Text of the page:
My daughter wants to buy a preconstruction condo. Can a real estate salesperson assist her?

While your daughter may decide to deal directly with the builder of her eventual home (she should remember that the salespeople in the sales centre are employees of the builder and are there to represent the builder’s interests), she would be well-advised to discuss her purchase with a real estate salesperson or broker if she is inexperienced in purchasing preconstruction properties. In fact, there are some good reasons for her to work with a registered real estate salesperson.

If your daughter doesn’t have a specific building in mind, a salesperson could start by helping her find one; salespeople and brokers are often invited to builder-hosted “VIP” events where preconstruction units are offered for the first time. A salesperson also has full access to the Multiple Listing Service (MLS®) and has likely handled similar transactions in your area, so they can evaluate the builder’s price.

An experienced real estate salesperson should also be able to read and explain the building plans, offer insight into the neighbourhood, estimate the various closing costs (it’s a new property, so they could be substantial), and possibly assist in negotiating the agreement. Buying a preconstruction condo can be an exciting experience, and that’s especially true when the builder creates it to your specifications. The down side is that you have to wait for your new home to be built, and sometimes there are unexpected construction delays. We were a few months late moving into our first condo, but I must say, it was very nice to know we had picked what was important to us.

Your daughter may experience second thoughts, or her life plans could change dramatically while it is being built, so she will want to know her options for exiting the agreement ahead of time, if possible. That means showing the agreement to a real estate lawyer who can determine if the agreement provides the buyer with an opportunity to terminate the agreement beyond the legally-required ten day cooling-off period, during which a buyer may back out of an agreement, or to assign the unit to someone else.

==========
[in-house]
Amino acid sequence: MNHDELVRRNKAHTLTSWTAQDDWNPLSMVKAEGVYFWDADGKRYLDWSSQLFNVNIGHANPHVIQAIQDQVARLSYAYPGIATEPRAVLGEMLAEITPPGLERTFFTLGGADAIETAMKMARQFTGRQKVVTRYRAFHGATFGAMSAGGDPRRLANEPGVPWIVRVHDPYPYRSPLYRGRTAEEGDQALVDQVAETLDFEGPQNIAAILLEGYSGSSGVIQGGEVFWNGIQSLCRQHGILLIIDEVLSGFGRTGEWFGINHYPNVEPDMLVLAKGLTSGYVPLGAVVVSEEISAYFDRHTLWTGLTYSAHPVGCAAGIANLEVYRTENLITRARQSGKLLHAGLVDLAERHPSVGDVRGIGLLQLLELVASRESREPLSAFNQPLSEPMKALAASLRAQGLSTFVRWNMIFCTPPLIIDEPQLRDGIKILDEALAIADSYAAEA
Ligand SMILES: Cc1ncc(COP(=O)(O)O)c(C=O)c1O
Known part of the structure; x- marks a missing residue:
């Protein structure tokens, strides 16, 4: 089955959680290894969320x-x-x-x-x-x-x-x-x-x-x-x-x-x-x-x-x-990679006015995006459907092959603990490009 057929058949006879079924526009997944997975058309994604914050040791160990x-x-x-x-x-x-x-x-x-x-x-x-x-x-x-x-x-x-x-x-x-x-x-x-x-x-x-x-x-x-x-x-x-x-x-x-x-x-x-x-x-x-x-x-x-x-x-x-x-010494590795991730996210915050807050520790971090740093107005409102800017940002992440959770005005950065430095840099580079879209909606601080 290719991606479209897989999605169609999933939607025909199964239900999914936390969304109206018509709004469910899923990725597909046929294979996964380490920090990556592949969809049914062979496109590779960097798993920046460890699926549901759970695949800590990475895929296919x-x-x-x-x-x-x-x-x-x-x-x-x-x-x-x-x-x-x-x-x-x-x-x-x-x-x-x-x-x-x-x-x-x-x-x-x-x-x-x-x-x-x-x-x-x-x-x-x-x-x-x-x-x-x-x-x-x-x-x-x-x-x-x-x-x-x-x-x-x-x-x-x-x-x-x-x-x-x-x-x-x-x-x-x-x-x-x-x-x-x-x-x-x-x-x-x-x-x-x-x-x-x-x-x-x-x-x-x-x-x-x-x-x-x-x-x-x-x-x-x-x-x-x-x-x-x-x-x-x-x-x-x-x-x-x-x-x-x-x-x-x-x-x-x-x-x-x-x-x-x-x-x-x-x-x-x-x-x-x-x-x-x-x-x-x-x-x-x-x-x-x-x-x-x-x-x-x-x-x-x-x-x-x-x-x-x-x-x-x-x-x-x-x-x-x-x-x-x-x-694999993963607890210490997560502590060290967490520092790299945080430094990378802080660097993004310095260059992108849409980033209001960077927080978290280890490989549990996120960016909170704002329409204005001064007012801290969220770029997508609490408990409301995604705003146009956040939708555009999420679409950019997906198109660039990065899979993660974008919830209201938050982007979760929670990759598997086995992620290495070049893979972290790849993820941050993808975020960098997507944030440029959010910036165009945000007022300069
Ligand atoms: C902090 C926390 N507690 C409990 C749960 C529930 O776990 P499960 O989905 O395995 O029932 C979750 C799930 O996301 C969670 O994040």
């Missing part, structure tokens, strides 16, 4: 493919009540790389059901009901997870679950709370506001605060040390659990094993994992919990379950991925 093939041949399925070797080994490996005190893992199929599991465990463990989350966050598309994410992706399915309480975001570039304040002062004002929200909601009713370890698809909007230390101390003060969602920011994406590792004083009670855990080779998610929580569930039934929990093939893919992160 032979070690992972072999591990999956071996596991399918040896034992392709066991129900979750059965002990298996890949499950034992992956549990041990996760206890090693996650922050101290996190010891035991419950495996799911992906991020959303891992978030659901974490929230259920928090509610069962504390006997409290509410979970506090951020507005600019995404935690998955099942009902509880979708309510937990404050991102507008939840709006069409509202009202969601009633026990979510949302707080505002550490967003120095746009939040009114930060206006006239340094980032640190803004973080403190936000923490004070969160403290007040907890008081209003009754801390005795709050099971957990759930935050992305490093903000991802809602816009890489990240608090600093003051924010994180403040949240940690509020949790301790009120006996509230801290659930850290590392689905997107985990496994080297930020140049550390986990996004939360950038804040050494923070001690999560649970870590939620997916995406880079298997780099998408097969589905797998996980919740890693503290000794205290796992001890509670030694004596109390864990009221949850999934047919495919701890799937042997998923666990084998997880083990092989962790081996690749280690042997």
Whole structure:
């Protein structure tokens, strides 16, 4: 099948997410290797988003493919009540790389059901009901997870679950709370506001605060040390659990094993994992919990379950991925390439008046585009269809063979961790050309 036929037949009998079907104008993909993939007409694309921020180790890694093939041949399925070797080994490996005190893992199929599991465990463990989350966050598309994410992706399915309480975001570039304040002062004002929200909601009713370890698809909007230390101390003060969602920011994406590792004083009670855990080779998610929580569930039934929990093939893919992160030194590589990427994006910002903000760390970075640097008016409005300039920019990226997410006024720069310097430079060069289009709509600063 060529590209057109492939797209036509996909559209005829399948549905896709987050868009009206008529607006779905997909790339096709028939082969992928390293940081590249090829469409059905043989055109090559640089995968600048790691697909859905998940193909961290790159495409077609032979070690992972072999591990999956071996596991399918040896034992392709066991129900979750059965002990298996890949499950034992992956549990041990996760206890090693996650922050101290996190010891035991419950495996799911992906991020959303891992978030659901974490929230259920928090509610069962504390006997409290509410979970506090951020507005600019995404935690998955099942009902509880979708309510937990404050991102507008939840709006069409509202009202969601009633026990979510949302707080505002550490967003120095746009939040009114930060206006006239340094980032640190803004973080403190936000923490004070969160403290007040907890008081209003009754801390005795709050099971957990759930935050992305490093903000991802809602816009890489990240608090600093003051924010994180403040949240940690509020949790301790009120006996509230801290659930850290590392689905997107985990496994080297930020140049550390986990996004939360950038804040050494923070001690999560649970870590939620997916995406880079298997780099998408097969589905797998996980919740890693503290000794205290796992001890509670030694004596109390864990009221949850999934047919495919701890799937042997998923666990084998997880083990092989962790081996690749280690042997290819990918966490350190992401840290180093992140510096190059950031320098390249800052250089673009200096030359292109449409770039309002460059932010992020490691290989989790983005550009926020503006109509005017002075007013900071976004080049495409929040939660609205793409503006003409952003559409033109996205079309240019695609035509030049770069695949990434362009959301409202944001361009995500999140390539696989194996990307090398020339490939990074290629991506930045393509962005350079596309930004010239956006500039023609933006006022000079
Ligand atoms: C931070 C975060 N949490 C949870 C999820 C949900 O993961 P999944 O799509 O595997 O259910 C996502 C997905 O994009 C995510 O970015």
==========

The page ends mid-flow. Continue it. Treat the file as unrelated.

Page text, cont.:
Even after a building is ready for occupancy, it can take a few months for the condo corporation to be registered with the province, and most preconstruction agreements contain clauses that prohibit the buyer from assigning (selling) the original contract to another buyer before the building is completed and registered. If the sale agreement prohibits the buyer’s right to assign, the builder may be entitled to cancel the deal and keep the buyer’s initial deposit(s) if the buyer attempts to sell, assign, or list the property during this pre-registration period.

From our RECO family to yours: Happy Holidays!

If you have a question for Joe about the home buying or selling process, please email

Joseph Richer is Registrar of the Real Estate Council of Ontario (RECO). He is in charge of the administration and enforcement of all rules that govern real estate professionals in Ontario. You can find more tips at, follow on Twitter @RECOhelps or on YouTube at

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